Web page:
Tue, Apr 17, 2018 - Page 1 News List

Group questions official personal data requests

By Ann Maxon  /  Staff reporter

The government in 2015 and 2016 requested personal data from private businesses on almost 66,000 occasions without the knowledge of the people targeted, the Taiwan Association for Human Rights said yesterday in a report.

The 2018 Taiwan Internet Transparency Report analyzes the government’s use of personal online data and Internet censorship practices in those two years.

The association asked more than 60 government agencies to provide statistics on how many times they requested and gathered Internet users’ data, the ways the data was collected, which law or laws were cited and to whom they made the requests, association researcher Ho Ming-syuan (何明諠) said.

While many offered incomplete statistics or refused to cooperate, the association found that 11 agencies had requested personal data from private businesses a total of 65,884 times, Ho said.

Law enforcement agencies made 95 percent of the requests and all refused to disclose how they informed the businesses, why they needed the data and the names of the companies, he said.

They monitored private communications in more than 25,000 of the cases, but it is unclear how many of them were online communications, he said.

The Investigation Bureau said it requested users’ personal data on 3,973 occasions, but was only able to name the law cited as the legal basis for such requests on 3,336 occasions, he said.

While local Internet service providers, including Far EasTone Telecommunications Co (遠傳電信) and Taiwan Mobile Co (台灣大哥大), agreed to nearly every government request for user data, foreign companies, such as Google, Facebook and Line, agreed to about 65 percent, the association found.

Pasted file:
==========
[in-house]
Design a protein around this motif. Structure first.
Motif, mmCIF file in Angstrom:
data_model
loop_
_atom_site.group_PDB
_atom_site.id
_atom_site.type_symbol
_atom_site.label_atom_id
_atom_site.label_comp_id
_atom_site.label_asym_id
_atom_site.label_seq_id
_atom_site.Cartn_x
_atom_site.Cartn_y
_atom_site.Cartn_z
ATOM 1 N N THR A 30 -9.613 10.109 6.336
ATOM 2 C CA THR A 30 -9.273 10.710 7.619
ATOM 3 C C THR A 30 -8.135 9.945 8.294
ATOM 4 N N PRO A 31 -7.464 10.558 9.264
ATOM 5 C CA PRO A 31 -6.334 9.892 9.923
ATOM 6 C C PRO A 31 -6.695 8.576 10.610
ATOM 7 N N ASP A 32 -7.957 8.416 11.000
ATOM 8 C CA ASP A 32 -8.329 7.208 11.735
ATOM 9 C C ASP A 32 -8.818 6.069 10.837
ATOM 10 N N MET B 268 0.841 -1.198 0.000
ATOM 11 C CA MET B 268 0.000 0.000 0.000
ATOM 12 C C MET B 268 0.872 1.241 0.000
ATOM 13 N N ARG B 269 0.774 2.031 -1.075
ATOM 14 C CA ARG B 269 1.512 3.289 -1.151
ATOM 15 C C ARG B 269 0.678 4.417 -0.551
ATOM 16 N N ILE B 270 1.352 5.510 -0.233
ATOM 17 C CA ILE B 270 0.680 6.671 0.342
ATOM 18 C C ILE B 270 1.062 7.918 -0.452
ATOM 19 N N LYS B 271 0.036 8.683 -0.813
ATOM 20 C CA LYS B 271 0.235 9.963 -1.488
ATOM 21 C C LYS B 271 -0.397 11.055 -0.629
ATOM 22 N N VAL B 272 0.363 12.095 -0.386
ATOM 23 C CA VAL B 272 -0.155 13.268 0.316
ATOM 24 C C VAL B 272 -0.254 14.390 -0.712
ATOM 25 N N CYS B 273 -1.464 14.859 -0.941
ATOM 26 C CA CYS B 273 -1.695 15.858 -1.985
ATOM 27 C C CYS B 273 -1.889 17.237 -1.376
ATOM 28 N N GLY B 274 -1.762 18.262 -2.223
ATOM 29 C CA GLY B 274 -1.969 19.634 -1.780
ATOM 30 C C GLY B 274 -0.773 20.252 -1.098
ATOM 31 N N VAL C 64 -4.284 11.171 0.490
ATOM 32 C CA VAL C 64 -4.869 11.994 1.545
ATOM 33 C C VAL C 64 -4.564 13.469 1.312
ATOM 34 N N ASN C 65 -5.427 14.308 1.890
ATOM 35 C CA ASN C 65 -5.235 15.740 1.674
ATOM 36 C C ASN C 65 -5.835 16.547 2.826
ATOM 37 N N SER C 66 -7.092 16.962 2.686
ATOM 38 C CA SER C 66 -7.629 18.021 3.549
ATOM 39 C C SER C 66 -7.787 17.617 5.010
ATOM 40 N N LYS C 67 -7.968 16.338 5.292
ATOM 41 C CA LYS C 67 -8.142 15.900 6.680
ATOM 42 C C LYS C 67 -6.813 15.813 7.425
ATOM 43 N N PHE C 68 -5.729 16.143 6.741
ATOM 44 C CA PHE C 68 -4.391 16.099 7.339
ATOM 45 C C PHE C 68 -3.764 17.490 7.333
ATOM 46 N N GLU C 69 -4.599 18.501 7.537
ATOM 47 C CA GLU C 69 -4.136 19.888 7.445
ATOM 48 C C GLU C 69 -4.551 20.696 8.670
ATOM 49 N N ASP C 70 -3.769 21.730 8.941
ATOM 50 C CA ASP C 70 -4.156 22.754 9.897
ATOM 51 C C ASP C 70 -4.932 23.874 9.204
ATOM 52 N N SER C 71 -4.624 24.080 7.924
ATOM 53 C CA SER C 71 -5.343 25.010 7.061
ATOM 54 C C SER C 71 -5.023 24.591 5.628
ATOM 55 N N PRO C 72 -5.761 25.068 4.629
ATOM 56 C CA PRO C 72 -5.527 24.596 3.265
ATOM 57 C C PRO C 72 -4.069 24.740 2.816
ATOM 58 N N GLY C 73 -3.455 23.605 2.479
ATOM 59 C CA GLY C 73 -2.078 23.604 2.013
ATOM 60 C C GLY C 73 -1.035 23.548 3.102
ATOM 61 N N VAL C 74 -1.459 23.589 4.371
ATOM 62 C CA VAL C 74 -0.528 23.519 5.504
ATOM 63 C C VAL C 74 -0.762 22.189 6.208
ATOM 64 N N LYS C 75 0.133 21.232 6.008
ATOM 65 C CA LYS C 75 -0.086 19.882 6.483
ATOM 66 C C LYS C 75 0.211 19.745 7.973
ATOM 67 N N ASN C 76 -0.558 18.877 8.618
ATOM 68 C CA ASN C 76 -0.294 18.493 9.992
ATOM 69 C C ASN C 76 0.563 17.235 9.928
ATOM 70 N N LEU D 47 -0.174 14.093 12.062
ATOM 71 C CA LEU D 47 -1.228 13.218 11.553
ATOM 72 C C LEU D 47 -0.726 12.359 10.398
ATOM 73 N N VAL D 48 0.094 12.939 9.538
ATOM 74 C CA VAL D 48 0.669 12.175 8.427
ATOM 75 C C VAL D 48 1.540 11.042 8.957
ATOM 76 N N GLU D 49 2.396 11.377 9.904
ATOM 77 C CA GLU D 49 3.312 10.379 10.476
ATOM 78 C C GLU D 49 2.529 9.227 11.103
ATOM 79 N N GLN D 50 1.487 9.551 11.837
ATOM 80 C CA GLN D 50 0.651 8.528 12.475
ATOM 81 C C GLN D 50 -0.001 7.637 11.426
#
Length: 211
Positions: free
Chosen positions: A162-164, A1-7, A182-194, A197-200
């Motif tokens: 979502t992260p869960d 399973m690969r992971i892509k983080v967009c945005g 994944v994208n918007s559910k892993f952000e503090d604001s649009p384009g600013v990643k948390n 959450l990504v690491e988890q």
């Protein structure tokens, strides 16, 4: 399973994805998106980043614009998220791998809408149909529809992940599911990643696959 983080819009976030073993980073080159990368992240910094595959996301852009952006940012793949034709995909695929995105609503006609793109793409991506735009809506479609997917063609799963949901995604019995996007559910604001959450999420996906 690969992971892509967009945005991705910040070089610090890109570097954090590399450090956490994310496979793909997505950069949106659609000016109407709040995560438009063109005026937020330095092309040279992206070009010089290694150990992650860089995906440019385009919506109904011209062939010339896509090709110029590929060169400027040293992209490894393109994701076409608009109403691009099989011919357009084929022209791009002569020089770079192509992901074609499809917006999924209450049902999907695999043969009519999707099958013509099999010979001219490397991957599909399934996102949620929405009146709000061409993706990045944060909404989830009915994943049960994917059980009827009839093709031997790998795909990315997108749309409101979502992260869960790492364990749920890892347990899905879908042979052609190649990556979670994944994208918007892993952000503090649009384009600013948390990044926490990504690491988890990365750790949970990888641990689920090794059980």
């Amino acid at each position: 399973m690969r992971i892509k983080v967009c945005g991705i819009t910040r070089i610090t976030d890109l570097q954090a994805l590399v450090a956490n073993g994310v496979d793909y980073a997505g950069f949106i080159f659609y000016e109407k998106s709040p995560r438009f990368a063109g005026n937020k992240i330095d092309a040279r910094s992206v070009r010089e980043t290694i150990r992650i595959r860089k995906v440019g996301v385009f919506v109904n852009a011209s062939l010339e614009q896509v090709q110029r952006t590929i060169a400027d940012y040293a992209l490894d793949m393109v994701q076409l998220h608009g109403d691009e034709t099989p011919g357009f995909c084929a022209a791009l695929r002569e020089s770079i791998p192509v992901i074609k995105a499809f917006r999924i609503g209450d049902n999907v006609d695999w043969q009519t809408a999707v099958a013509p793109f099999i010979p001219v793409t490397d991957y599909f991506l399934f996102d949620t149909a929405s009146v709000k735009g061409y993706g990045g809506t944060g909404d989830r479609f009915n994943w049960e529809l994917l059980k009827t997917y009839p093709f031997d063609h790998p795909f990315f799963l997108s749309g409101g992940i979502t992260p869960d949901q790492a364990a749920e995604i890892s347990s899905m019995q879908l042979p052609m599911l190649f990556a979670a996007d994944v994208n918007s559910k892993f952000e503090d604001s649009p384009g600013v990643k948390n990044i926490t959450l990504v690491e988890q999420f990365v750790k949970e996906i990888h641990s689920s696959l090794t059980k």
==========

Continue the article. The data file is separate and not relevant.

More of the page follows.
While access to most online content is not restricted by the government, the existence of iWin, a government-funded institution that promotes Internet safety and a government-developed parental control app, raised questions over freedom of speech, Ho said.

iWin, which handles public complaints related to online content and provides suggestions for parental control apps, does not have clear standards on what content should be blocked, he added.

The Ministry of Education’s Network Guardian Angel app has blocked the Web sites of the Taiwan Alliance to End Death Penalty and the pro-LGBT rights group Taiwan Tongzhi Hotline Association, along with several other pages on sex education and LGBT rights, he said.

“Those Web sites do not have any naked photographs or violence. This raises questions of whether the government is trying to censor information on certain topics,” he said.

“We are not saying the government should not gather personal data, but we believe the practice should be supervised,” association secretary-general Chiu Ee-ling (邱伊翎) said.

The surveillance measures should be proportional to the severity of the case and the government should publish complete sets of statistics to better protect people’s rights, she added.

Since Taiwan does not have a data protection authority, such as the one the EU is to establish once its General Data Protection Regulation takes effect next month, it is important that each agency reviews and collects statistics on the data they collect to better protect people’s privacy, said Democratic Progressive Party Legislator Yu Mei-nu (尤美女), who has helped collect such statistics.

The government should also educate officials on Internet privacy, as many older officials are still unfamiliar with the issue, she added.

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